FIRST, THEY PURCHASED a few key items together that would temper the apartment’s ornate, Old World feel. In each room, the couple installed a differently shaped Isamu Noguchi paper pendant, their crisp white forms offsetting Brown’s dark wood furniture, including a pair of 1940s wingback armchairs upholstered in a cornflower blue and chocolate Scalamandré cut velvet. On a walk through New York’s Lower East Side one day, they came across a gallery run by the Japanese artist Kazuko Miyamoto and bought a balsa wood maquette — an irregular white cube about a foot across that she had made for one of Sol LeWitt’s Minimalist sculptures while working as his assistant — that now hangs on the living-room wall. More recently, they imported a ’60s Dieter Rams sofa from Amsterdam, its modular fiberglass base a bold contrast to the faded ocher floral-patterned rug on which it stands.

Cohabiting, of course, has also required a certain amount of editing and compromise. In the 100-square-foot library, the bookshelves that run along the eastern wall are still topped with Brown’s Goofus glass vases and, on the opposite wall, a 1920s vitrine still contains a generous assortment of the many mercury-glass vessels he has gathered over the decades. But the room’s once extensive taxidermy menagerie has been downsized; among the few survivors are a spiny lobster, encased in an acrylic box that sits atop the vitrine, and a misshapen iguana that Brown says is “too ugly to part with.” Not long after Pham moved in, they started a monthly flea market in the backyard of their friends’ nearby restaurant in an effort to unload; the ritual eventually evolved into periodic stoop sales outside the couple’s brownstone. Last year, the pair launched an online store, SpeakLow, offering everything from 1950s Japanese silver demitasse spoons to the palm-size woodland dioramas that Brown crafts from moss, tree bark and hand-carved clay mushrooms.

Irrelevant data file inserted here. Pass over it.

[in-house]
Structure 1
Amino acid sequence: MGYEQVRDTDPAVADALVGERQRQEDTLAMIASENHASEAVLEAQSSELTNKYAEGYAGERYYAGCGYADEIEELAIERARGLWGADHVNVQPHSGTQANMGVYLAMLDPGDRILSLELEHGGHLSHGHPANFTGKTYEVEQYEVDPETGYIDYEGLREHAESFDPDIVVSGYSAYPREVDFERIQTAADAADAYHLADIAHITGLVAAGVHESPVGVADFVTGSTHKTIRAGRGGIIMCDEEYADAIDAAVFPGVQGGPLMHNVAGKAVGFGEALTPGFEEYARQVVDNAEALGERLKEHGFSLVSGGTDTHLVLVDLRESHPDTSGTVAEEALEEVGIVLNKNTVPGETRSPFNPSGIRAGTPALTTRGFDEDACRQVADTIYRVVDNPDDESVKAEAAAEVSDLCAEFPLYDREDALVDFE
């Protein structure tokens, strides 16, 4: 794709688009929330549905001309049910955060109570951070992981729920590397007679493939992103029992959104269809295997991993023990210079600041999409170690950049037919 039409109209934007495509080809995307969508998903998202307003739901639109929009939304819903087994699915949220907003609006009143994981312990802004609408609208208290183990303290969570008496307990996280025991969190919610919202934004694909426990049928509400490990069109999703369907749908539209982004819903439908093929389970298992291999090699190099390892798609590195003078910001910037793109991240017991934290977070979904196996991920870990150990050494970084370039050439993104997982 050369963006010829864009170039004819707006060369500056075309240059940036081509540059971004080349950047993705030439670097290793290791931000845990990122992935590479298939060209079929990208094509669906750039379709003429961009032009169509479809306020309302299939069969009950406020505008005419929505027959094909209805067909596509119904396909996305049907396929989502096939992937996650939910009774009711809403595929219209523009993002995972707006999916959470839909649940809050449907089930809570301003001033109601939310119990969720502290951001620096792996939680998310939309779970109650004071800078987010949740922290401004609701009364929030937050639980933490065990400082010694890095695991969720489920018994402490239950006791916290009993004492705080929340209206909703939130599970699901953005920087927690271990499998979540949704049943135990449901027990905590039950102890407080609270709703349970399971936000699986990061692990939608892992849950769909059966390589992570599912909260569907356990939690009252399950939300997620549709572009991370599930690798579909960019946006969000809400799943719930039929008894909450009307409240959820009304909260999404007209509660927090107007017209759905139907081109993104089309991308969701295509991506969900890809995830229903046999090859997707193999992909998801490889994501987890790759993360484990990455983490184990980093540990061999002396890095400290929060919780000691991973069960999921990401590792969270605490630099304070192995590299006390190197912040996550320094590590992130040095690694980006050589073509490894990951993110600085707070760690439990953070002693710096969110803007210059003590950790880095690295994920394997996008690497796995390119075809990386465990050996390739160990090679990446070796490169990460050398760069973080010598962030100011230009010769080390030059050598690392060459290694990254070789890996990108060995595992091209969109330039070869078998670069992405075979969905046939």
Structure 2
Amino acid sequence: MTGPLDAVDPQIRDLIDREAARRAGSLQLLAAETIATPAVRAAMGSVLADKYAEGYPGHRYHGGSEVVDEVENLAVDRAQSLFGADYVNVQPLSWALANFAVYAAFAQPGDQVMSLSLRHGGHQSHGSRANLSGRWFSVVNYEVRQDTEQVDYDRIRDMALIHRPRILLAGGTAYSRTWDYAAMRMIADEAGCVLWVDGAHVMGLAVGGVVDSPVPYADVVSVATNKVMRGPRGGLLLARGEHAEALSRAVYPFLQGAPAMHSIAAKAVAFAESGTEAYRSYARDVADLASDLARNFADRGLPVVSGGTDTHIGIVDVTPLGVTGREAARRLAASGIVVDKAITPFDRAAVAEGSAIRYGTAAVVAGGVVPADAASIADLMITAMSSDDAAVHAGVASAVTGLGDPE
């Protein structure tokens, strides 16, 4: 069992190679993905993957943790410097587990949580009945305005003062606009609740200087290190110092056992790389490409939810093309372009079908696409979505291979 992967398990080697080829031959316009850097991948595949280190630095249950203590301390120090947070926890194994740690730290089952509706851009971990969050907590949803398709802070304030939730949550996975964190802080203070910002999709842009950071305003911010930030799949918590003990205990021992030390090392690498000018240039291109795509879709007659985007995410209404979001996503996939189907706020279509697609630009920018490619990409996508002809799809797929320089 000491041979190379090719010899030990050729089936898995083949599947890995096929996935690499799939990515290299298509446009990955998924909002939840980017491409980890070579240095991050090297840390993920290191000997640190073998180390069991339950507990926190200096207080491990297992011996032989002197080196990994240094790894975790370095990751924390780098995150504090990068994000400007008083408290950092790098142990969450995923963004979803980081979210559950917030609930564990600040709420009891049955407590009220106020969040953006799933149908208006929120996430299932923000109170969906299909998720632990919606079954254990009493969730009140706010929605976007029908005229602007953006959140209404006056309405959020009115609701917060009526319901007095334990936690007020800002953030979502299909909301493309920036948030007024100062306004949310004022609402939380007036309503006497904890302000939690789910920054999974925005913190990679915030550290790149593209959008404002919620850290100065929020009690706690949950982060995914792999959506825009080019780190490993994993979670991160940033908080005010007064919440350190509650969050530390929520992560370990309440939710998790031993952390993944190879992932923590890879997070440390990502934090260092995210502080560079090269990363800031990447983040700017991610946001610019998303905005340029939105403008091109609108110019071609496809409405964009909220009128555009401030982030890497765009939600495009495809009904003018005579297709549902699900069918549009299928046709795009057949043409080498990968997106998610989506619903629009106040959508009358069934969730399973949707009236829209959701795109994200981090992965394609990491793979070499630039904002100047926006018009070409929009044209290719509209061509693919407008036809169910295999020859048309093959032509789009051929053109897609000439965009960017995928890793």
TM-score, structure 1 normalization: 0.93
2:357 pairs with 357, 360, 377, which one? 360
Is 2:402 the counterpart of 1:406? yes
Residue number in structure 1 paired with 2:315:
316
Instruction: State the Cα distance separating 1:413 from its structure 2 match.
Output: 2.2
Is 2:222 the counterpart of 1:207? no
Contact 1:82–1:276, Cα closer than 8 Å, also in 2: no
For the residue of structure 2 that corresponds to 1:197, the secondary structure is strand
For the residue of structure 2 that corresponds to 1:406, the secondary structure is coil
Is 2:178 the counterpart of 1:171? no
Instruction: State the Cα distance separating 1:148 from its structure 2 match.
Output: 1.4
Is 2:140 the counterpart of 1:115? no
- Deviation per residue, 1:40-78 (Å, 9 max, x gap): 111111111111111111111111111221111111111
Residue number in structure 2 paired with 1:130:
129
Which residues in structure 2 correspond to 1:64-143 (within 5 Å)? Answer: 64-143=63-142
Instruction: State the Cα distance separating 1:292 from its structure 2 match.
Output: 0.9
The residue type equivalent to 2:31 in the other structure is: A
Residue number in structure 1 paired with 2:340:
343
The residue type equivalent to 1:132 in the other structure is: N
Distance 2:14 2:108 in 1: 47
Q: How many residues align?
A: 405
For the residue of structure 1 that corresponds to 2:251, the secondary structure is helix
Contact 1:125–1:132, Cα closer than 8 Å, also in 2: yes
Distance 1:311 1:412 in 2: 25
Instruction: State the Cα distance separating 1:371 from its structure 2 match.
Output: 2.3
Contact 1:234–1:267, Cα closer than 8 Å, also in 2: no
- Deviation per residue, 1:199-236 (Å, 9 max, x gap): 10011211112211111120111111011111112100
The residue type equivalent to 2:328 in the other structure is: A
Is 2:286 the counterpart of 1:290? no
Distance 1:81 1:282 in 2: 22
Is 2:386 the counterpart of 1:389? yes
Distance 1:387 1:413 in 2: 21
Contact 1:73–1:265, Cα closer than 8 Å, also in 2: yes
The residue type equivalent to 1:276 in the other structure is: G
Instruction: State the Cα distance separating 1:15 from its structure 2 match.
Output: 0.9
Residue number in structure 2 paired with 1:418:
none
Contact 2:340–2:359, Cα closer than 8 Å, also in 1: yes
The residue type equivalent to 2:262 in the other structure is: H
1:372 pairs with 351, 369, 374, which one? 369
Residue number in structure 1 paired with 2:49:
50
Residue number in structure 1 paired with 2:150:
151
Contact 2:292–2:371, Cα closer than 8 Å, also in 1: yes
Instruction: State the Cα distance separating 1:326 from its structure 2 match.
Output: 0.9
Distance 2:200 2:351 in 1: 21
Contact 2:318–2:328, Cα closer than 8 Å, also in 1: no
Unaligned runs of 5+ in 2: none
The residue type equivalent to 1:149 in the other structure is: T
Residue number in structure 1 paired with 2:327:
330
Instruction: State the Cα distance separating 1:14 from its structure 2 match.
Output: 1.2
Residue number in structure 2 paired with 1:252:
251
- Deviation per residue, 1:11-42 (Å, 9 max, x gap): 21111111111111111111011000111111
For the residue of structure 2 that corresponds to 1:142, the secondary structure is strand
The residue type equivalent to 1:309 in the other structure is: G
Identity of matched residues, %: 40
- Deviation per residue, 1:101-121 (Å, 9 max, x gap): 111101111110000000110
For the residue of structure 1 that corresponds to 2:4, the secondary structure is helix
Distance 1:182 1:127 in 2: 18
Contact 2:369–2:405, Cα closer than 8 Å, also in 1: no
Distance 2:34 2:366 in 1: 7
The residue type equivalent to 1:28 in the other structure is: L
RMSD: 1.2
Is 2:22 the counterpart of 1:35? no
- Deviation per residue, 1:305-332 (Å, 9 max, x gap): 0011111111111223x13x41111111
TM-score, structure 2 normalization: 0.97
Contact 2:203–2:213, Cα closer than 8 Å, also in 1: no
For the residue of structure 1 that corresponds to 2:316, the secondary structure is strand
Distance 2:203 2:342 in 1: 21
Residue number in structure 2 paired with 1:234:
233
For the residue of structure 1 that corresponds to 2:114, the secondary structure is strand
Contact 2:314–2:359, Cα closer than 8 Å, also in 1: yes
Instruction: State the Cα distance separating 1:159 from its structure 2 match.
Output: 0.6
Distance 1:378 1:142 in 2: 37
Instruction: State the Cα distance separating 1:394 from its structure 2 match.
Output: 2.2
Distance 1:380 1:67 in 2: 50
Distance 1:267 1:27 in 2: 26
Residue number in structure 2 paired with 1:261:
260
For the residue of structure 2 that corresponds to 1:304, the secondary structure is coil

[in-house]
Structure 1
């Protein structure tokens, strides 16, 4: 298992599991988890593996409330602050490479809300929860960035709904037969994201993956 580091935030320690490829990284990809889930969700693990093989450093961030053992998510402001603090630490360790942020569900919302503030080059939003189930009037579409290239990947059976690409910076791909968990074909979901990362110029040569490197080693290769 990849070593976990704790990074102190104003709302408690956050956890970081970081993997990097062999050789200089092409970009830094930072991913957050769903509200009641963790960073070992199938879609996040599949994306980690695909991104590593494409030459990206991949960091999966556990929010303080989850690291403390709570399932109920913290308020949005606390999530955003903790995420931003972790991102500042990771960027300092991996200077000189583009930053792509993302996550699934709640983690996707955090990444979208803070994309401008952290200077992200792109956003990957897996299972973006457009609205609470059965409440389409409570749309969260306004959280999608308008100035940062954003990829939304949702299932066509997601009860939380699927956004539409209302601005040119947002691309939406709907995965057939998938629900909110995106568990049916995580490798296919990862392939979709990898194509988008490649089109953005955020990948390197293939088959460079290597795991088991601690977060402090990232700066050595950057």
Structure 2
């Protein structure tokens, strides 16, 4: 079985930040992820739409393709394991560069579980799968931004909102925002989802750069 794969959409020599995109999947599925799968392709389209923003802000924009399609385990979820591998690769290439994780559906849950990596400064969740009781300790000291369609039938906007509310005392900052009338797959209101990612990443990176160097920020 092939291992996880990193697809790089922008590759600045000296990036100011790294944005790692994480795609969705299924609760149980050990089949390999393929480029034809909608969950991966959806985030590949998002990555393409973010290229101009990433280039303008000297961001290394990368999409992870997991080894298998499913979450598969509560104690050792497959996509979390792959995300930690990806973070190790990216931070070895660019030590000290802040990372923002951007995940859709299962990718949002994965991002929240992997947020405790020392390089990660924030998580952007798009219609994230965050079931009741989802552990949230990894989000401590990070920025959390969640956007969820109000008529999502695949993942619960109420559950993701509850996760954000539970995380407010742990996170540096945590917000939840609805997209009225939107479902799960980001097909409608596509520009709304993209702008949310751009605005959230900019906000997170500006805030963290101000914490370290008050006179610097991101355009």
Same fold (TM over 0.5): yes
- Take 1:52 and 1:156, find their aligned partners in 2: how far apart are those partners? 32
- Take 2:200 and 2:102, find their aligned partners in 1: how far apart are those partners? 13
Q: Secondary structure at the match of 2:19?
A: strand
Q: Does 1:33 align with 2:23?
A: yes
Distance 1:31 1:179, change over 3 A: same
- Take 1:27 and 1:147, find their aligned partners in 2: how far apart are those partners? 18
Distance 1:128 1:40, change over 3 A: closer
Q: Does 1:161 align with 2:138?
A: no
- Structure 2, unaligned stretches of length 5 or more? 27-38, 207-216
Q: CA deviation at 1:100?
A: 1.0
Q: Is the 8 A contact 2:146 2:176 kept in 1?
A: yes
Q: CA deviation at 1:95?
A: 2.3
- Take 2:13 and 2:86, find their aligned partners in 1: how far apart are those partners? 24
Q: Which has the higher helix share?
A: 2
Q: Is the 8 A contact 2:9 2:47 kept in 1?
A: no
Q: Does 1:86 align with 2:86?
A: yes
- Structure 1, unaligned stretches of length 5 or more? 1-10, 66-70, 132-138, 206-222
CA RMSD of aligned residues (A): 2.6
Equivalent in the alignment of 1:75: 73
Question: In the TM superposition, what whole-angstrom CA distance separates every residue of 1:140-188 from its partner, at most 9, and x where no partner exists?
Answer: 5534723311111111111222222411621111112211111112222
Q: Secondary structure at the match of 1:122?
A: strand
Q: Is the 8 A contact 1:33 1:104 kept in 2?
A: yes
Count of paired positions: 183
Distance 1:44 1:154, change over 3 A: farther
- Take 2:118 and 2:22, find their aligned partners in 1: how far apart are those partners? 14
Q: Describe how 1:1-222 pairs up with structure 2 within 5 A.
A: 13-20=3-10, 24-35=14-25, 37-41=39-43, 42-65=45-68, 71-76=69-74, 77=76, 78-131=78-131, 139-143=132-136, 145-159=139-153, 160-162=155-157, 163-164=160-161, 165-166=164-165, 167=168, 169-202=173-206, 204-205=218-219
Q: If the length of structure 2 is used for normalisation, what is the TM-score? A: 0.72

The couple’s opposing aesthetics are most clearly on display in the bedroom: The wall behind the black upholstered platform bed is covered almost entirely with nudes in different mediums, a patchwork of both Brown’s collection of midcentury academic sketches and works by some of Pham’s favorite contemporary photographers, including an image of interlocking bodies by Ren Hang. The visual tension created by two viewpoints that might seem at odds with one another has manifested a kind of special alchemy that Brown and Pham ultimately prefer over their individual tastes. “There’s a sense that the things aren’t meant to be together but somehow make space for each other,” says Pham. While Brown has learned to let go of certain belongings, Pham increasingly sees the value in having possessions. “During the pandemic, a lot of my friends just packed up and moved away. That’s always been my dream, or perhaps how I solved crises in the past,” he says. “But when you have things, you can’t just leave.” The couple’s home, as he sees it now, is a product of their shared experience, something they’ve built together over time that is solid, complex — and not easily dismantled.